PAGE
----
For the first time in 2017, I decided to get web-slinging into the game lineup. It served two purposes – my son’s devotion to Spider-Man and the spider web theme of the Halloween party. So, I bought cans of silly string at the dollar store and let the kids web-sling on each other in our backyard. The teenagers were just as involved in this game as the little ones. My son stayed dressed as Spider-Man the entire time.
ITALIAN MEMES – POSTCARDS FROM ITALY / LE FESTE – HOLIDAYS AND CELEBRATIONS
The Italian holiday Ferragosto couldn’t be celebrated anywhere but Italy. In fact, it’s the only country I know that marks Aug. 15 as still having significance. The festivities date back to 18 BC and the reign of Roman Emperor Augustus for whom the whole month is named. He declared August to be for revelry. The high point in those days was Aug. 13 when women made offerings to the goddess Diana in hopes of having safe labor and delivery.
Italian Holiday Ferragosto – Sun, Sex, and Rock n’ Roll
In general, the celebrations were all about excesses – gorging, orgies, and imbibing. I’ve written about this before for ItaliansRus. Christianity comes around and makes Aug. 15 about the assumption of the Virgin Mary in an attempt to change the rituals. But we’re talking about Italians here. Do you really think you could take away their wine and sex and delicious food and still call it a holiday? C’mon now.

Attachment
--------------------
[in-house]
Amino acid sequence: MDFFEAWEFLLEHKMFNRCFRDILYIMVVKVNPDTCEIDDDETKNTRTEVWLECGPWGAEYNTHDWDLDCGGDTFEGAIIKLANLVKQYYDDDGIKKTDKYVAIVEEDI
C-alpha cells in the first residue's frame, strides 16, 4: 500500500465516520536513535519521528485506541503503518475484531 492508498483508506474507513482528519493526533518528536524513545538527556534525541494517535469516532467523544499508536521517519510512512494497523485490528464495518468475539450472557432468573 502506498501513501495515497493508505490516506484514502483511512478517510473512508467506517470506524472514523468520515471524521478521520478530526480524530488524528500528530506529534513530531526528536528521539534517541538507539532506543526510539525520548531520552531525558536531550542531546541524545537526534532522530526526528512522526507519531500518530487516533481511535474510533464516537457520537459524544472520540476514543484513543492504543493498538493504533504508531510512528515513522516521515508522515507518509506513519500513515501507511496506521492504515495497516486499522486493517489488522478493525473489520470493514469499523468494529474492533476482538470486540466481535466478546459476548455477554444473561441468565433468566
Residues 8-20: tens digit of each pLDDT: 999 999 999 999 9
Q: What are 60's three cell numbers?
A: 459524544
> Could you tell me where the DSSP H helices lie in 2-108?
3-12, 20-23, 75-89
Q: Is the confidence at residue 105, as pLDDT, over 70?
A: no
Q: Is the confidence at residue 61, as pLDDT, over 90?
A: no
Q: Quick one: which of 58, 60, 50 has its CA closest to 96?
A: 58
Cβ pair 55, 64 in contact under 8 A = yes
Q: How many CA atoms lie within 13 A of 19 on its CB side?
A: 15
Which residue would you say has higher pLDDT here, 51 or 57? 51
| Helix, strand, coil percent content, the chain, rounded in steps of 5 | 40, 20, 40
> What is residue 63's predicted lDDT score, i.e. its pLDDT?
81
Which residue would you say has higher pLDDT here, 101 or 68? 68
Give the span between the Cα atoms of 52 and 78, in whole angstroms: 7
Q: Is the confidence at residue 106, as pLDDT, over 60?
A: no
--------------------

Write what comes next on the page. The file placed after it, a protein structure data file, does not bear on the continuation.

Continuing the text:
Obviously, the Church needs a reality check. Indeed, my friends and family will be indulging in food and wine and whatever else today. Some of them will say a little prayer or even head to church, too. Right at this moment, most of them are sleeping off the celebrations that began last night as they ushered in Aug. 15.
To be fair, here on the island of Ischia, most of my people were not getting to enjoy the holiday. They were making the holiday for the guests at hotels, bars, and restaurants throughout the island. And they’ll continue to do that today. Making sure others have a good time, after all, is their livelihood.
What will they be doing exactly? Well, carving watermelons into gorgeous flowers is one task. Another is setting tables for multi-course meals full of Italian hallmarks, such as fresh mozzarella, la parmigiana, shellfish fresh from the sea, and pounds of pasta. Chefs will be cooking all that. Someone will be on hand to make sure the wine is ever flowing, never an empty glass. Someone else will cue the music at the discoteca.